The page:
What defines some of the greatest cities in the world? Their grand plazas and public spaces. A place where one goes first when arriving at a new city and returns to many times while there. The same could be true for Santa Monica. There could be a place to gather for public events and an animated social environment that would activate the downtown area providing a venue for civic events and respite from our busy lives.
But apparently our City Council is in the midst of an identity crisis. They believe that we should live in a different, much denser urban environment. They believe that we need a massive iconic building called the “Plaza at Santa Monica” on city owned land at 4th/5th and Arizona to attract visitors, one that will little serve our residents. But we already have the Pacific Ocean, our beach, our Palisades Park, our historic pier, our promenade, our courtyard housing, and our relaxed beach culture with its open skies, sunlight, moderate temperature — assets in abundance! They must think they are working for those who would develop the City for profit rather than those who live in it.
We live in a democracy of gratification and this head-in-the-sand approach leads to a mindset of development and profit rather than quality of life. This project would be a beacon for unbridled growth, with every developer rightly claiming the same height for their own project. “Greed and density” on the part of the City are not synonymous with “quality of life.” Do we need a downtown begging for tall and wide buildings casting huge shadows, and that will fatally compromise the city’s soul and character. The soul of our city is not massive building blocks stacked 148 feet tall.
The size of the Plaza at Santa Monica (an offspring of Rem Koolhaas’ Singapore project) will create significant traffic, cut light and blue sky, cast enormous shadows on adjacent properties, increase demand on infrastructure and services, and most importantly waste this site’s potential. This is a highly questionable precedent to set, and worst of all, totally unnecessary.
If we were to draw a plan of our growing downtown, this 2.9 acre parcel is the new center of gravity with shopping, dining, and living spreading north, east, south and west — and should be used for creating a sense of place for residents, employees and tourists to enjoy. We believe what is needed to complement and support the four million square feet of downtown commercial and residential area now being developed is a park with shade trees and fountains, concerts and public art, ice skating, event venues and open air markets. A place for residents, commuting workers, and visitors to recreate or rest ‚Äì at street level where people will use it rather than rooftop levels 20, 58, and 96 feet above the sidewalk as is being proposed in this plan.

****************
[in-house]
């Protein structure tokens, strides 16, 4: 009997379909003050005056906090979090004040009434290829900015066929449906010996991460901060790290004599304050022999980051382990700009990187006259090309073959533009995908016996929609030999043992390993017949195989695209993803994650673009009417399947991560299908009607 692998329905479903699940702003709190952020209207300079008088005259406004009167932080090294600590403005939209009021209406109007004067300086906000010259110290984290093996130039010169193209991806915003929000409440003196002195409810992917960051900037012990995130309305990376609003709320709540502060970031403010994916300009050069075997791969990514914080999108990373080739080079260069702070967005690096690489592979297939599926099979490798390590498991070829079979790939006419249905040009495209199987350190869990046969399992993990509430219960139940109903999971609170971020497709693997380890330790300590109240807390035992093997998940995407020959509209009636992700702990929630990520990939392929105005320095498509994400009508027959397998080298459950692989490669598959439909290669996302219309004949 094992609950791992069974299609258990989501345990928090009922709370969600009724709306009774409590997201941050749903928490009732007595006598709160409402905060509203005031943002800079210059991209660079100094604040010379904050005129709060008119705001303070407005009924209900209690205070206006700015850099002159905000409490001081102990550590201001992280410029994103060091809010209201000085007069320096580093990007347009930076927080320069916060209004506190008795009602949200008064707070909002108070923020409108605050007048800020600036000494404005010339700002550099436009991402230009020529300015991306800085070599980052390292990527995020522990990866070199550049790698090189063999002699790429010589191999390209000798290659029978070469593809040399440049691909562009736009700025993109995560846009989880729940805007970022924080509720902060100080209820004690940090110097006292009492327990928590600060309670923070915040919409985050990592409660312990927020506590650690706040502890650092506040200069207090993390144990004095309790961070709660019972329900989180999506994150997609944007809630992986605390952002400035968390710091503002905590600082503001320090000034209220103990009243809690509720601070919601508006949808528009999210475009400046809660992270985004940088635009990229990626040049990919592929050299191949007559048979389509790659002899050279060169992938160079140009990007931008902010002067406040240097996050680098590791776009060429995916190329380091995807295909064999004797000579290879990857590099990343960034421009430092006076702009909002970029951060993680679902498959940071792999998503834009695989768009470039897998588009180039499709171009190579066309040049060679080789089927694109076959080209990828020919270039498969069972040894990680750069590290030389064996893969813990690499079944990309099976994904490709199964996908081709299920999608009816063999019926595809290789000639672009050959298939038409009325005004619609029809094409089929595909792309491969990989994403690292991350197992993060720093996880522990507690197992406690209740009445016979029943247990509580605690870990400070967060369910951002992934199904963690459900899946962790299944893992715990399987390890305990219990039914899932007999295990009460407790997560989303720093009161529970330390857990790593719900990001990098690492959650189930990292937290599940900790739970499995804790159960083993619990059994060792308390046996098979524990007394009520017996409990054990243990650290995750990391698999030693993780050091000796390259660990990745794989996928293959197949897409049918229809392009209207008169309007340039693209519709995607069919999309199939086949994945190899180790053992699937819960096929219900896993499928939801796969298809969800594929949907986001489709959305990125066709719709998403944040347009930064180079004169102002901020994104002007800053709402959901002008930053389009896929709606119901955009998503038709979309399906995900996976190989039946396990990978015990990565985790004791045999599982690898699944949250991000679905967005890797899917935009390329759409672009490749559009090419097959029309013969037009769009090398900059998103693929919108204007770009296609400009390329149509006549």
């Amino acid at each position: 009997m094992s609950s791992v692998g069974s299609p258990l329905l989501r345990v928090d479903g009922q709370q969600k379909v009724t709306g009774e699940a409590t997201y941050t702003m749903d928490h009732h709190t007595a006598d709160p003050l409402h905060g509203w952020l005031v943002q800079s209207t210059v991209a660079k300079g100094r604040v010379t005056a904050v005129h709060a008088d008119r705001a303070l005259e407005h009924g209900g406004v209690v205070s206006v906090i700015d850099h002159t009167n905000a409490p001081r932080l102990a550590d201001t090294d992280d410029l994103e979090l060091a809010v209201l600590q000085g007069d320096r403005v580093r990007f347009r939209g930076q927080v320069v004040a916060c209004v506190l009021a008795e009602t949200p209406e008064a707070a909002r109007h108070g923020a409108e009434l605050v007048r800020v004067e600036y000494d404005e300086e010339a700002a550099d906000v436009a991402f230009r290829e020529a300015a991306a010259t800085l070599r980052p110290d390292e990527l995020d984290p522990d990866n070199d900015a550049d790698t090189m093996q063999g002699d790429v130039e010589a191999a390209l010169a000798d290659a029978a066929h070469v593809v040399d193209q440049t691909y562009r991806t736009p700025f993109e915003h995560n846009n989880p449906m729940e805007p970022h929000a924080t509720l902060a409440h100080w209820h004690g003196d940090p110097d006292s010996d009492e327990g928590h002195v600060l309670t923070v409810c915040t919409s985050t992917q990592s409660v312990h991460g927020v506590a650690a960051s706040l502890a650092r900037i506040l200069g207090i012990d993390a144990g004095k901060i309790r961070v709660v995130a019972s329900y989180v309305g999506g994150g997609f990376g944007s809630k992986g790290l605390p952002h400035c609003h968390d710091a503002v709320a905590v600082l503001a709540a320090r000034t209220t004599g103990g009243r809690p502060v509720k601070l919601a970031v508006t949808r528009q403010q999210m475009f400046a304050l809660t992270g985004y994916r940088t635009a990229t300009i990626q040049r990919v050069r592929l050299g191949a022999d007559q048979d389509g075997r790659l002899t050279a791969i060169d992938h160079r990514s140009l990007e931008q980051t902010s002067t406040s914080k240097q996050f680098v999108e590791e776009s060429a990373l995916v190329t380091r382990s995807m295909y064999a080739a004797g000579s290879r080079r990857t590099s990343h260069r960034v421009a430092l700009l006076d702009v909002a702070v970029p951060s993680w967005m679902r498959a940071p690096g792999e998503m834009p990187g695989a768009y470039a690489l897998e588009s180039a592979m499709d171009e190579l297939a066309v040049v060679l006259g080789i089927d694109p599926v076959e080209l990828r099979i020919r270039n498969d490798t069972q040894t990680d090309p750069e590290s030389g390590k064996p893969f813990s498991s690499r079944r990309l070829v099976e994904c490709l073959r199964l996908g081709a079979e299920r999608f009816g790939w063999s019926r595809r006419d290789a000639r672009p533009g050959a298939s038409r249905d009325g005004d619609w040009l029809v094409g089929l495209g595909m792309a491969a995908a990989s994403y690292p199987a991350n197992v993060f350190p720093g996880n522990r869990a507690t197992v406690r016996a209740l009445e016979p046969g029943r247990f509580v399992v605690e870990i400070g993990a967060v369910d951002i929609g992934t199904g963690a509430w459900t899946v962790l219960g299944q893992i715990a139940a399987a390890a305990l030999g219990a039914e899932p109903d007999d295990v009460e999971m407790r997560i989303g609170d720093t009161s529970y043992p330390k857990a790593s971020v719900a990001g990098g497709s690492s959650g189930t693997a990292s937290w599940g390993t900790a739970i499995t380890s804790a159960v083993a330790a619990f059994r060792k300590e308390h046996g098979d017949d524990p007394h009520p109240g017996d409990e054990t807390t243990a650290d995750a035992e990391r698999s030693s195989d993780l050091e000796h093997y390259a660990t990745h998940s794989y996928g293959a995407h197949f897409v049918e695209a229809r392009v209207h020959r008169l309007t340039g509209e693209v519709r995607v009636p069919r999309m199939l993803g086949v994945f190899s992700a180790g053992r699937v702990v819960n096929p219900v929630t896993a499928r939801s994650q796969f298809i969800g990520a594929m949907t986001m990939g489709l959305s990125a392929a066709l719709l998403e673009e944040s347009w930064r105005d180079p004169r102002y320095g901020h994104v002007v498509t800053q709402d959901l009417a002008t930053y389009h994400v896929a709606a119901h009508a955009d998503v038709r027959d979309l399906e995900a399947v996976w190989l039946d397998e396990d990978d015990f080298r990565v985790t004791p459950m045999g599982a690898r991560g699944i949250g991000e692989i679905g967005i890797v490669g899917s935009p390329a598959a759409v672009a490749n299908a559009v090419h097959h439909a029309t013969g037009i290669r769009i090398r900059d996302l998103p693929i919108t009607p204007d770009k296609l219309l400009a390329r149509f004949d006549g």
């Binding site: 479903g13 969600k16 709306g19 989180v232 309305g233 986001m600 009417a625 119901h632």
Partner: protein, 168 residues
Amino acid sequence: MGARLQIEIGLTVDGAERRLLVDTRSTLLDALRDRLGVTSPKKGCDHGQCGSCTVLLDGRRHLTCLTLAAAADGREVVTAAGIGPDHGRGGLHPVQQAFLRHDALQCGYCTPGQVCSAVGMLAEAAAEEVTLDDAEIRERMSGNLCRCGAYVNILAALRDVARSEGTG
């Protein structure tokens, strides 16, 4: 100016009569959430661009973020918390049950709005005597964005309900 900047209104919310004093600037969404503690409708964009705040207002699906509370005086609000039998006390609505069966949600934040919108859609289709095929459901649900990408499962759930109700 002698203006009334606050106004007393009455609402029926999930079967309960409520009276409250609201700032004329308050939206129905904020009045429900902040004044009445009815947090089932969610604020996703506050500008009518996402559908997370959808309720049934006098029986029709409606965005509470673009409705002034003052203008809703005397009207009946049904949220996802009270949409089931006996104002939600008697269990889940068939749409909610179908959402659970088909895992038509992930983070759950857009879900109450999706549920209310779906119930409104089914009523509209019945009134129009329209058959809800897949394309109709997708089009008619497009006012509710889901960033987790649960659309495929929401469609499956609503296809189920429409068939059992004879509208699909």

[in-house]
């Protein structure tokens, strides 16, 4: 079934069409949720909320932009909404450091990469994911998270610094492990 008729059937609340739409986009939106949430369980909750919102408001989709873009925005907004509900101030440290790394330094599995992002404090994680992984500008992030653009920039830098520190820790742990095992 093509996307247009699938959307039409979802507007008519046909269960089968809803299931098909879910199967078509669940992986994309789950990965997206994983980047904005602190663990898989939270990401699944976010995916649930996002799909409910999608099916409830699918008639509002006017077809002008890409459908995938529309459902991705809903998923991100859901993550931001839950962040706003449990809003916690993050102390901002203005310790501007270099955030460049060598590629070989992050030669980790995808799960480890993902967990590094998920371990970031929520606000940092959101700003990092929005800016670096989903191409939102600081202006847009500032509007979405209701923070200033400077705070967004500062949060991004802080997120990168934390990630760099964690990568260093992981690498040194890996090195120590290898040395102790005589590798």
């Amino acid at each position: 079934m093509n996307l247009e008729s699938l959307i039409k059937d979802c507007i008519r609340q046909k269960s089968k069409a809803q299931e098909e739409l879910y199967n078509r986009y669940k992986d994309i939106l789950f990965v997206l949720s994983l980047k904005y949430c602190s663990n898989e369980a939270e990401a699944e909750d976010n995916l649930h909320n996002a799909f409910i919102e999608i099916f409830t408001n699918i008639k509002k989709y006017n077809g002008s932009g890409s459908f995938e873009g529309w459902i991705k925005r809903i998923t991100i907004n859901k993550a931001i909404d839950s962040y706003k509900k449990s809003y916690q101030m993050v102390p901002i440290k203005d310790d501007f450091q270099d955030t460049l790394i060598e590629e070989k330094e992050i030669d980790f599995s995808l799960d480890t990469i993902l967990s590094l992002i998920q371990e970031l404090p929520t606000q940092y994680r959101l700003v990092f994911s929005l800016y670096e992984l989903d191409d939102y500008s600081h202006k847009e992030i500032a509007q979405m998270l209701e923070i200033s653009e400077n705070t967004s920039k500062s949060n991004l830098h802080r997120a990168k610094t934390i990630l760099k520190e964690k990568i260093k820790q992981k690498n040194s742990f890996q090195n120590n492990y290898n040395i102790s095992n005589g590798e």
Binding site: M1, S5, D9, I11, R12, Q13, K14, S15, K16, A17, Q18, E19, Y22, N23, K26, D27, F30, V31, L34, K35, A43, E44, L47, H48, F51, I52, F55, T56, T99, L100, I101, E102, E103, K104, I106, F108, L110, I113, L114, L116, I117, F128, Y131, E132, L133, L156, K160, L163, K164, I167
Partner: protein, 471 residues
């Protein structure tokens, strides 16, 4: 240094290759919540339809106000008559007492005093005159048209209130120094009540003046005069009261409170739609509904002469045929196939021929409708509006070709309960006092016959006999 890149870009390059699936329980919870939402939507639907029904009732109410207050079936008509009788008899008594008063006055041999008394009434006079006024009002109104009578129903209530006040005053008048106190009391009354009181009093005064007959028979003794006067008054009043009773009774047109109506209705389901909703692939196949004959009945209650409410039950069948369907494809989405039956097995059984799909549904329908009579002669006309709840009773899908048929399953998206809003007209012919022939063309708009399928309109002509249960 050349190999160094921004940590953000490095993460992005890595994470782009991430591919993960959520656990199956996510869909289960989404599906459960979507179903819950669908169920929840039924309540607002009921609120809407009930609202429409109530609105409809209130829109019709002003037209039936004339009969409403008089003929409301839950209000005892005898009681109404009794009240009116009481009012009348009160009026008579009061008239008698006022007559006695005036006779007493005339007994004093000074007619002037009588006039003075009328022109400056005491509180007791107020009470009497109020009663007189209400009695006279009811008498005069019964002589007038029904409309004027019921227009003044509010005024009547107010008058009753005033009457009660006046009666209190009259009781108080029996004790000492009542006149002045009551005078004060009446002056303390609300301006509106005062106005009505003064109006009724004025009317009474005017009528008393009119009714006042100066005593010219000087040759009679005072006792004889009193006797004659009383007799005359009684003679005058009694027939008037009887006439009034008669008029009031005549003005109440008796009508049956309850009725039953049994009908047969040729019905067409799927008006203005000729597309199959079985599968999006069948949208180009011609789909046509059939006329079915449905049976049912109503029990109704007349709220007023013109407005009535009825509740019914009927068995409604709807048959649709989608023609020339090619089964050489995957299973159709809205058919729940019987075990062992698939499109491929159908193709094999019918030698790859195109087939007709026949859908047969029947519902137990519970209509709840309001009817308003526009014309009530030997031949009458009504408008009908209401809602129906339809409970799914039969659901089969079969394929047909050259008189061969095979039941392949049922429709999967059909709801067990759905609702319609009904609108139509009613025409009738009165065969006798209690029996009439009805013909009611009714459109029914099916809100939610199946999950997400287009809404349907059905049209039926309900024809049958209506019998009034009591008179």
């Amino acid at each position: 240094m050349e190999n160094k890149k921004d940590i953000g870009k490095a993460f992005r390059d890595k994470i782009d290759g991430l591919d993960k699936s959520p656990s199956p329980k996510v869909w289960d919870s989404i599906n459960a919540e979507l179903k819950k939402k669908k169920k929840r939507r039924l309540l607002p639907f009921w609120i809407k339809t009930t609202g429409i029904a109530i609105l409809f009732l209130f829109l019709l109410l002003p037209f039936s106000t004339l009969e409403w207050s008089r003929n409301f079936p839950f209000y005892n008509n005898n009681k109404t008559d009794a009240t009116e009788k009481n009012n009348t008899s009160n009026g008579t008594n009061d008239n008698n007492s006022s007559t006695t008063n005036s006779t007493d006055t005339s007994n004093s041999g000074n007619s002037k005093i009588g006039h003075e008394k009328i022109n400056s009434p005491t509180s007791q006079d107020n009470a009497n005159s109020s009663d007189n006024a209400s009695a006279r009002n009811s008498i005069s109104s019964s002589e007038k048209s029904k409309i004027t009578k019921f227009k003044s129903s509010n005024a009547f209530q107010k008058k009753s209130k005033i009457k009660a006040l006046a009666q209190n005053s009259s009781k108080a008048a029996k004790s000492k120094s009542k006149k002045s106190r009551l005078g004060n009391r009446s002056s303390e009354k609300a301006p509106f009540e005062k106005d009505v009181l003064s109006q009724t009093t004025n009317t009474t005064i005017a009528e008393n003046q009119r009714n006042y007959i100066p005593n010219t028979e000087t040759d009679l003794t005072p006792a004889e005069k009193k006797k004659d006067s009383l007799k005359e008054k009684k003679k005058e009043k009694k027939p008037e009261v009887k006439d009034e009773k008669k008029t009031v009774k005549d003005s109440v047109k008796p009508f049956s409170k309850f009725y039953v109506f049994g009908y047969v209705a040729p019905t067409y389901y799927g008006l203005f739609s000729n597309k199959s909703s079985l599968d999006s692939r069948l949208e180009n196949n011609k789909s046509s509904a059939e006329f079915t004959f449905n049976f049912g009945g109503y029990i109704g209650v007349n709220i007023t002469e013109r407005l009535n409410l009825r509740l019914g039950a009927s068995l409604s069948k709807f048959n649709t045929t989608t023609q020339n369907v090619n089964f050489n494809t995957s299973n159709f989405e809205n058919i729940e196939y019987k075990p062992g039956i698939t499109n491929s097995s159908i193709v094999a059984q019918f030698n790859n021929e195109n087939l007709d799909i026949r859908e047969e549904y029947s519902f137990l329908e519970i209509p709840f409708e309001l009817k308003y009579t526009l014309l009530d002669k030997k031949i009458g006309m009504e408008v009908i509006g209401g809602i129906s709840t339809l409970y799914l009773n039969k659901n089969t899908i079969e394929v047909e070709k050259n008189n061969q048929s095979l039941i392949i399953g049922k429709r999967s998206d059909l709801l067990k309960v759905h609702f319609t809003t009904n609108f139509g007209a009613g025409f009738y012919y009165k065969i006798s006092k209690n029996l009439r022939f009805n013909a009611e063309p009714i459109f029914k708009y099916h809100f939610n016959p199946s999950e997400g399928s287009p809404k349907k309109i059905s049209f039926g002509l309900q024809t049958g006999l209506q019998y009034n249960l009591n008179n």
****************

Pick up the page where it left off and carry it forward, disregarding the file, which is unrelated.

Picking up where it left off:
On city-owned property, creation of parks should be the firstchoice. An urban park in this area would fill a huge need with the growing number of families living in downtown apartments. Parks are an integral part of our active and passive well-being, of our quality of environment and life. Remember the “Wellbeing Challenge” to measure and increase the feeling of well-being for residents, visitors, and employees? If one needs further convincing, look at Bryant Parkor Post Office Square.
The City may need income to pay its mortgage obligation, but it should not be used to feed its budget and future pension liabilities. The revenue from a subterranean parking structure, a “Tavern-on-the-Green,” and a multi-plex theatre at the south end, or only if necessary, a boutique hotel (with union contract of course) and the requisite affordable housing would bring in the same $6.4 million expected from the proposed development! And the 1,200 car parking would be available for public use rather than required for a massive development above. Civic values and commercial interests can co-exist.
This is public property, it is the residents who own this property, and the City has the highest obligation to do the best for the public good. We cannot let this site be squandered on a project that neither meets the needs nor the will of Santa Monica’s citizenry. We’re advocating making this a remarkable town square which will bring the community back into downtown. These open spaces are priceless. Let’s hope the city can turn a “poverty of ideas” into a “wealth of wellbeing” by turning a massive mistake into a genuine benefit for all.
Every city needs a “raison d’etre” — a spirit why people want to go there and stay there. So what will define our ethos as a city? Will it be an over-scaled commercial building that dwarfs the downtown area casting its shadows for blocks around or a grand square that invites all who enter. This property is already public land and should remain so. Is tall and dense, massive and traffic our “raison d’etre?” We don’t think so.
Ron Goldman for SMa.r.t.(Santa Monica Architects for a Responsible Tomorrow)
Thane Roberts AIA, Architect, Mario Fonda-Bonardi AIA, Robert H. Taylor AIA, Ron Goldman FAIA, Daniel Jansenson Architect, Samuel Tolkin AIA, Armen Melkonians Civil & Environmental Engineer, Phil Brock Chair, Parks & Recreation Commission. For previous articles, see www.santamonicaarch.wordpress.com/writings.